Context: Wide variation exists internationally for prostate cancer (PCa) rates due to differences in detection practices, treatment, and lifestyle and genetic factors.
Objective: We present contemporary variations in PCa incidence and mortality patterns across five continents using the most recent data from the International Agency for Research on Cancer.
Evidence acquisition: PCa incidence and mortality estimates for 2008 from GLOBOCAN are presented. We also examine recent trends in PCa incidence rates for 40 countries and mortality rates for 53 countries from 1985 and onward via join-point analyses using an augmented version of Cancer Incidence in Five Continents and the World Health Organization mortality database.
Evidence synthesis: Estimated PCa incidence rates remain most elevated in the highest resource counties worldwide including North America, Oceania, and western and northern Europe. Mortality rates tend to be higher in less developed regions of the world including parts of South America, the Caribbean, and sub-Saharan Africa. Increasing PCa incidence rates during the most recent decade were observed in 32 of the 40 countries examined, whereas trends tended to stabilize in 8 countries. In contrast, PCa mortality rates decreased in 27 of the 53 countries under study, whereas rates increased in 16 and remained stable in 10 countries.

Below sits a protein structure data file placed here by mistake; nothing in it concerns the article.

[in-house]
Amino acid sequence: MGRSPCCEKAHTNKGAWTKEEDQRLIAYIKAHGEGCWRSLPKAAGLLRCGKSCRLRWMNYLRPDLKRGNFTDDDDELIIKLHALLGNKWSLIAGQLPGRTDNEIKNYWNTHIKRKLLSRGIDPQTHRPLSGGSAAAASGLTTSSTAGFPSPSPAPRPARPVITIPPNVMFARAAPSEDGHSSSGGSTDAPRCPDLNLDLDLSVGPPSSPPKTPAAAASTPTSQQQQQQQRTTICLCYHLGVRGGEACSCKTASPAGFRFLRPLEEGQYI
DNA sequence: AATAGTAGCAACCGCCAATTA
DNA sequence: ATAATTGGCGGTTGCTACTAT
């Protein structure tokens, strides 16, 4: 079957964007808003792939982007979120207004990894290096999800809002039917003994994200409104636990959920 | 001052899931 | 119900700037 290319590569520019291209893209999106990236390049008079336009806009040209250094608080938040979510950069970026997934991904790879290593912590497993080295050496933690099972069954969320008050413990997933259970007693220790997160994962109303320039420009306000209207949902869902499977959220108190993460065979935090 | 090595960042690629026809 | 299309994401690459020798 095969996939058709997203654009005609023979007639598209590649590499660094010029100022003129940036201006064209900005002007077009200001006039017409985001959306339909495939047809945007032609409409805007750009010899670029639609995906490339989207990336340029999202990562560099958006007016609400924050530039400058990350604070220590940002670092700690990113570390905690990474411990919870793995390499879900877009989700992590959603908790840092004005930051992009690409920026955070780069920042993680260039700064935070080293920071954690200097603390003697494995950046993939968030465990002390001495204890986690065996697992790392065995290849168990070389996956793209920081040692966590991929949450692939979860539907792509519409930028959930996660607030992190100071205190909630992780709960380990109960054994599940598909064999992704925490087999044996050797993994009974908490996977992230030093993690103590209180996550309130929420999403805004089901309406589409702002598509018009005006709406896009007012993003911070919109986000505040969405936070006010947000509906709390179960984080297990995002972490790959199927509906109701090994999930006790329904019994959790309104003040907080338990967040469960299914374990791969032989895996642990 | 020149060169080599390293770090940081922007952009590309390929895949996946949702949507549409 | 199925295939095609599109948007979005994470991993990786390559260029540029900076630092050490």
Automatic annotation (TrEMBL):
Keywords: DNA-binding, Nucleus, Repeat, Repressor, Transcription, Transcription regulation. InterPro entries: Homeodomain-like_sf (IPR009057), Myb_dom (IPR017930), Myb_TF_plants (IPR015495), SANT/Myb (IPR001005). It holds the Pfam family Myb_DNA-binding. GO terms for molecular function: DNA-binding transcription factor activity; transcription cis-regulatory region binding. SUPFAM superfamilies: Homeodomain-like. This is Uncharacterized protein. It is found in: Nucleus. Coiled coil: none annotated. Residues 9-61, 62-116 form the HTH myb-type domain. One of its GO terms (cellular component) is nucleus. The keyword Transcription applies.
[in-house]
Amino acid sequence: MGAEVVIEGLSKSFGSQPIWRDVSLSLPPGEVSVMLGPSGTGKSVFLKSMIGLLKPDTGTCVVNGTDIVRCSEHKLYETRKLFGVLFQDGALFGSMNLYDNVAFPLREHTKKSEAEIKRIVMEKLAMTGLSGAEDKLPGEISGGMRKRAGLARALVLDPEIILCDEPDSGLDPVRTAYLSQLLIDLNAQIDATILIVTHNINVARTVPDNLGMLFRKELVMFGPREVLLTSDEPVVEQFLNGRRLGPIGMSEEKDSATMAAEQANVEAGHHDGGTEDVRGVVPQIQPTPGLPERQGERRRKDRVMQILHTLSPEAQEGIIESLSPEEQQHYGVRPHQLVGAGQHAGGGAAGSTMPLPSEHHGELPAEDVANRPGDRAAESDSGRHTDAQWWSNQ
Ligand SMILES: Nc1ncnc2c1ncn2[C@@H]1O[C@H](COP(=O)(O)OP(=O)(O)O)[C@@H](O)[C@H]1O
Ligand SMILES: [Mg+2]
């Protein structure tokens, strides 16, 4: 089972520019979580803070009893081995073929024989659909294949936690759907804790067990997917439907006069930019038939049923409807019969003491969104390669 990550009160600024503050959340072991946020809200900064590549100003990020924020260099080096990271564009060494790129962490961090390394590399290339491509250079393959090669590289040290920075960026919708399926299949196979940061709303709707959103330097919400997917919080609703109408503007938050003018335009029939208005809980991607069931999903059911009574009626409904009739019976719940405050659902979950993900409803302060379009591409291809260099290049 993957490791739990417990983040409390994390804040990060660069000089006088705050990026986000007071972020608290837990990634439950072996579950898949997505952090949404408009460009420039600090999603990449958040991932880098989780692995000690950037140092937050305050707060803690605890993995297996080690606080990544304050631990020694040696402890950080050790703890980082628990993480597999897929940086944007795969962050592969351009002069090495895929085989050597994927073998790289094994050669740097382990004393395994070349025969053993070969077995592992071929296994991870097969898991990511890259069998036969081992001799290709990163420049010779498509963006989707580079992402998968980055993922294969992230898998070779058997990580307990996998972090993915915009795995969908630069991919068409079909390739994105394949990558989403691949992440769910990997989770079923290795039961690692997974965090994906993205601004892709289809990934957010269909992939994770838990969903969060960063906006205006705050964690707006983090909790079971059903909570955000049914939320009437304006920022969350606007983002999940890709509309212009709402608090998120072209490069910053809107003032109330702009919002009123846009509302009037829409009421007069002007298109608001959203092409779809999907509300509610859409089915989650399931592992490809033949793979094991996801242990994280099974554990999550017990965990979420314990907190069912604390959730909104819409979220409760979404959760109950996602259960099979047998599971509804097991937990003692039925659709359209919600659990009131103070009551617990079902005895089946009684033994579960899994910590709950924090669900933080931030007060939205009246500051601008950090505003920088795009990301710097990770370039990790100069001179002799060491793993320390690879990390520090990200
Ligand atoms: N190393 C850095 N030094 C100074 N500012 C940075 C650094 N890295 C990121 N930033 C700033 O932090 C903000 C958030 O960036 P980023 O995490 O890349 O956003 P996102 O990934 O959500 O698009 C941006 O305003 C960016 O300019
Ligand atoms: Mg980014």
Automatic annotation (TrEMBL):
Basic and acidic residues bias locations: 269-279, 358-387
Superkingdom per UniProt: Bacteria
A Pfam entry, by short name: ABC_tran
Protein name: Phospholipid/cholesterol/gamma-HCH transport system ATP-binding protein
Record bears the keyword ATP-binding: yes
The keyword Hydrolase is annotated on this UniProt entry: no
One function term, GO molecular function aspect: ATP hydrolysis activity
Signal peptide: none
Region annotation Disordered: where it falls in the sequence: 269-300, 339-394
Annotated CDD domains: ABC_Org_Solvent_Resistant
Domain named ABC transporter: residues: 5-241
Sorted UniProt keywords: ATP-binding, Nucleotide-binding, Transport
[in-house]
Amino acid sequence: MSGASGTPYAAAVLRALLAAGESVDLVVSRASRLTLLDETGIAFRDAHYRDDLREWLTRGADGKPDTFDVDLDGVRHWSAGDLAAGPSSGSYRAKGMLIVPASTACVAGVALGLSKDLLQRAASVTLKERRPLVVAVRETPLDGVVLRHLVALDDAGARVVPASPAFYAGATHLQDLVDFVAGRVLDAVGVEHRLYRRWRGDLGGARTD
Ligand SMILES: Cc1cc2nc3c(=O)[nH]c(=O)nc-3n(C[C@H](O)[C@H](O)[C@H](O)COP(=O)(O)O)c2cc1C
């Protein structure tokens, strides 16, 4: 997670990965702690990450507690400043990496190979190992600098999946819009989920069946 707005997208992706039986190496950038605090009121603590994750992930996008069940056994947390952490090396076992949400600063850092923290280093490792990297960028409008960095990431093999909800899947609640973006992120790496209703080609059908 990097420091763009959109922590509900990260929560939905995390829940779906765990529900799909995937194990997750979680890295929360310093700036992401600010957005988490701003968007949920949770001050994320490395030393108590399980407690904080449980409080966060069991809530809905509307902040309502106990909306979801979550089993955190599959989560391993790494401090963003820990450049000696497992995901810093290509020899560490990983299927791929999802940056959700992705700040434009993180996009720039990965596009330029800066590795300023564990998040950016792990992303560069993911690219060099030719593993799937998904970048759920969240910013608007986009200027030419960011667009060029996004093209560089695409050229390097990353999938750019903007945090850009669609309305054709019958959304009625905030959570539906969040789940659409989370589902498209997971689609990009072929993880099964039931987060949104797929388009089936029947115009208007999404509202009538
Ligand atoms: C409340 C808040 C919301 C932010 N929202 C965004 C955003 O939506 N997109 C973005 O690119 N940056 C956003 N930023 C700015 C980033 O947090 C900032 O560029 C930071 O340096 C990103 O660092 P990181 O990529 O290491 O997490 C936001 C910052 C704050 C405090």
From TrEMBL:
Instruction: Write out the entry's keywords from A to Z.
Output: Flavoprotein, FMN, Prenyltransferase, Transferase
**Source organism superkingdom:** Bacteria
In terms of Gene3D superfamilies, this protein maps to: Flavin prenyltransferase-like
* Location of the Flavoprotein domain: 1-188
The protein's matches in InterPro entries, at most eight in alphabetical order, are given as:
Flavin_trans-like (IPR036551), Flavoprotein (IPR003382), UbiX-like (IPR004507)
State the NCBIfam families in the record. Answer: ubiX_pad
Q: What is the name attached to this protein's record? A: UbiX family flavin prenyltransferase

Conclusions: PCa incidence rates increased in nearly all countries considered in this analysis except in a few high-income countries. In contrast, the increase in PCa mortality rates mainly occurred in lower resource settings, with declines largely confined to high-resource countries.
Copyright © 2012 European Association of Urology. Published by Elsevier B.V. All rights reserved.